Oracle Fusion Middleware Administration Guide for Oracle Directory Server Enterprise Edition

About Custom Schema

You can extend the standard schema if it is too limited for your directory needs. Follow these guidelines when customizing schema:

When customizing the schema, do not modify, delete, or replace any existing definitions of attributes or object classes in the standard schema. Doing so can lead to compatibility problems with other directories and with LDAP client applications.

Do not modify any Directory Server internal operational attributes. You can, however, create your own operational variables for external applications.

Always define object classes instead of using objectClass: extensibleObject. Directory Server does not perform schema checking for entries that have the object class extensibleObject, so it does not constrain or check what attributes are present on the entry. Typos in applications, for example, giveName for the givenName attribute type, go unnoticed by Directory Server. Also, Directory Server must assume that all otherwise undefined attributes of extensibleObject entries are multivalued and have case-insensitive string syntax. Furthermore, some applications rely on entries having a particular object class. In general, if you have an application that requires an extension to an object class, do not relinquish schema management. Instead, create an auxiliary object class that contains the attributes that are required for the application.

This section contains information about the default directory schema, and about creating customized attributes and object classes.

Default Directory Server Schema

The schema provided with Directory Server is described in a set of files that are stored in the instance-path/config/schema/directory.

This directory contains all of the common schema for Directory Server and related products. The LDAP v3 standard user and organization schema is located in the 00core.ldif file. The configuration schema used by earlier versions of the directory is located in the 50ns-directory.ldif file. The user created elements such as objectclasses and attributes are stored in 99user.ldif.

Note –

Do not modify files in this directory. To manage Directory Server schema, use the ldapmodify(1) command.

Object Identifiers

Each LDAP object class or attribute must be assigned a unique name and object identifier (OID). When you define a schema, you need an OID that is unique to your organization. One OID is enough to meet all of your schema needs. You then add new branches on that OID for your attributes and object classes.

Obtaining and assigning OIDs in your schema involves doing the following:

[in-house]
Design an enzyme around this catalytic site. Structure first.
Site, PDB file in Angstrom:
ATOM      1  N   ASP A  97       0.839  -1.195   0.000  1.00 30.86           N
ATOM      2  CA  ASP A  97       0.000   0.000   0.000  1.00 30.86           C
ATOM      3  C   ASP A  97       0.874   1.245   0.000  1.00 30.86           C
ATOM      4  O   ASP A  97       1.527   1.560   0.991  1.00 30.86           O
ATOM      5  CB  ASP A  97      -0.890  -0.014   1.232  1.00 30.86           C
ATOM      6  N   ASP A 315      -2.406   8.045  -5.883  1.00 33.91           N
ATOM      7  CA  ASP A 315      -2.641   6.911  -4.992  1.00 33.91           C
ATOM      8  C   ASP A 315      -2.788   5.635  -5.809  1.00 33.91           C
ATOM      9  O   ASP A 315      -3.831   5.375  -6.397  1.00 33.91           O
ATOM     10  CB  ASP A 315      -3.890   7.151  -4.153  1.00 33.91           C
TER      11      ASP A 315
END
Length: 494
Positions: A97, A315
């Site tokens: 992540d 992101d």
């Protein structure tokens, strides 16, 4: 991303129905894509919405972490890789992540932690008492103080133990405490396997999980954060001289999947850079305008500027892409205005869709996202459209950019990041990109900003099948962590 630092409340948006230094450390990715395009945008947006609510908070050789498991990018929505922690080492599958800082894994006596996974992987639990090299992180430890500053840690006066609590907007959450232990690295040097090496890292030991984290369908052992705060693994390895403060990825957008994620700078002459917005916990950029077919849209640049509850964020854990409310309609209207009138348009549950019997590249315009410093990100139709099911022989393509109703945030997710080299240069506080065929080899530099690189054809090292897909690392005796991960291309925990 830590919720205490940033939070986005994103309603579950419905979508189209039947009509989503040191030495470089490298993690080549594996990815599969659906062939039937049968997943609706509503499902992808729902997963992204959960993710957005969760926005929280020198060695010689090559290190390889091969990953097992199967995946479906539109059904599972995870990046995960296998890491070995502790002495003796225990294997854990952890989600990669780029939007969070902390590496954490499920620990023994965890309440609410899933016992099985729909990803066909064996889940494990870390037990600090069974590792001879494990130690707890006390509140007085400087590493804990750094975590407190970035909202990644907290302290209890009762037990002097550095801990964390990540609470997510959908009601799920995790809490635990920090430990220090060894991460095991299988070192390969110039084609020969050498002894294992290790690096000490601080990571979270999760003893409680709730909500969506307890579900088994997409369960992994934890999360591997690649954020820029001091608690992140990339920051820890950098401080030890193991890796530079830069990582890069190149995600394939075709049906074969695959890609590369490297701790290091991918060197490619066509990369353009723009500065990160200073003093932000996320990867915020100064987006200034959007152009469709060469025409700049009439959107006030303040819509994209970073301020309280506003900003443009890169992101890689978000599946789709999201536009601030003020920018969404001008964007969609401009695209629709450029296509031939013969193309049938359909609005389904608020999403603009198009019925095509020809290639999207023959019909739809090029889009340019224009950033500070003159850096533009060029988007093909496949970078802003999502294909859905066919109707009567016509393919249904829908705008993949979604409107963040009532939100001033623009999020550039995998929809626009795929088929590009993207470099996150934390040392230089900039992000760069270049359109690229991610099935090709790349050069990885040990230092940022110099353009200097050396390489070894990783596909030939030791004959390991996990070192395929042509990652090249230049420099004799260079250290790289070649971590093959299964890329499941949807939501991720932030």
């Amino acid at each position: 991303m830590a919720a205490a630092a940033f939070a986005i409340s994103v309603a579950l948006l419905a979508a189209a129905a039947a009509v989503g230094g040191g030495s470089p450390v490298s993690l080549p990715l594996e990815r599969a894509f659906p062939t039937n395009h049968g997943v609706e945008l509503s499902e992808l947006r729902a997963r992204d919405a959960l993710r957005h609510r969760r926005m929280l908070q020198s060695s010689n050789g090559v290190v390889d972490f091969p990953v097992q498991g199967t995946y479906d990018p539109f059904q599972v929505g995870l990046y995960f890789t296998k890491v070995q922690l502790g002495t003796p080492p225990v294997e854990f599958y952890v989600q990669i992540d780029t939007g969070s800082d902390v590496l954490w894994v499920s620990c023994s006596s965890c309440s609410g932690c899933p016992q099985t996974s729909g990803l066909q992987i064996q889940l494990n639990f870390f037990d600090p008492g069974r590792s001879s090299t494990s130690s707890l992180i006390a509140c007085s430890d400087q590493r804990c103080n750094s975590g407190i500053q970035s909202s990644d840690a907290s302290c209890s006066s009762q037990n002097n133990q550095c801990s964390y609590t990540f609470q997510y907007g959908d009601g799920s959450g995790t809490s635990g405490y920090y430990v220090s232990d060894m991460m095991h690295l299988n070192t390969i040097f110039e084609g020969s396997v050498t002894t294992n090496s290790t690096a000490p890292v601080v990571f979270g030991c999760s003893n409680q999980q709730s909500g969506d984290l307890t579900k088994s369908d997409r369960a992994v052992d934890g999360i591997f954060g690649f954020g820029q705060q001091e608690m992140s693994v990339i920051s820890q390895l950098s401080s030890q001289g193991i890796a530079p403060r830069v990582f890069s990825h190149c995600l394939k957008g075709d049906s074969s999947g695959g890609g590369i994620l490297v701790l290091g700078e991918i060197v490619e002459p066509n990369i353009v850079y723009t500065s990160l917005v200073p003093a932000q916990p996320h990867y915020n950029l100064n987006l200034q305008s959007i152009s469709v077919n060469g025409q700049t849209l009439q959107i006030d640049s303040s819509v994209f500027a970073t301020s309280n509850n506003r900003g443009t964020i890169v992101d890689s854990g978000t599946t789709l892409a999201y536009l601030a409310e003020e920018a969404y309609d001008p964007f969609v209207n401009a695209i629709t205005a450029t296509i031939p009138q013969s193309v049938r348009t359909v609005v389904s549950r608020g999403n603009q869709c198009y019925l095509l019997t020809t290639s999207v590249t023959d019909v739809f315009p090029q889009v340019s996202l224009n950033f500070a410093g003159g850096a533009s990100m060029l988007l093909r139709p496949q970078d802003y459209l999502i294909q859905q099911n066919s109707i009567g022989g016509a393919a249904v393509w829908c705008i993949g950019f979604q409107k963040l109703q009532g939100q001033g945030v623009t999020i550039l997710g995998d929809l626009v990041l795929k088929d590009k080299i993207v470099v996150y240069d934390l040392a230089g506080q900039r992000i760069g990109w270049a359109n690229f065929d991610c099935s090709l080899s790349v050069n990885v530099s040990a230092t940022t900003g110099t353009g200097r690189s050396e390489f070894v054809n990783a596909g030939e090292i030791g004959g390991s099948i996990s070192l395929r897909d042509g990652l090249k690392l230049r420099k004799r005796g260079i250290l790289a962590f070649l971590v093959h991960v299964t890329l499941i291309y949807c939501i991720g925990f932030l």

Naming Attributes and Object Classes

When creating names for new attributes and object classes, make the name meaningful so your schema is easier to use.

Avoid naming collisions between custom schema elements and existing schema elements by including a unique prefix on custom elements. For example, Corporation might add the prefix Example before each of its custom schema elements. It might also add a special object class called ExamplePerson to identify employees in its directory.

Note that in LDAP, attribute type names and object class names are case insensitive. Applications should treat them as case insensitive strings.

When Defining New Object Classes

Add new object classes when the existing object classes do not support all of the information you need to store in a directory entry.

There are two approaches to creating new object classes:

Consider the following when deciding how to implement new object classes.

When Defining New Attributes

Add new attributes when the existing attributes do not support all of the information you need to store in a directory entry. Try to use standard attributes whenever possible. Search the attributes that already exist in the default directory schema and use those attributes in association with a new object class.

For example, you might find that you want to store more information on a person entry than the person, organizationalPerson, or inetOrgPerson object classes support. If you want to store birth dates in your directory, no attribute exists within the standard Directory Server schema. You can create a new attribute called dateOfBirth. Allow this attribute to be used on entries that represent people by defining a new auxiliary class that allows this attribute.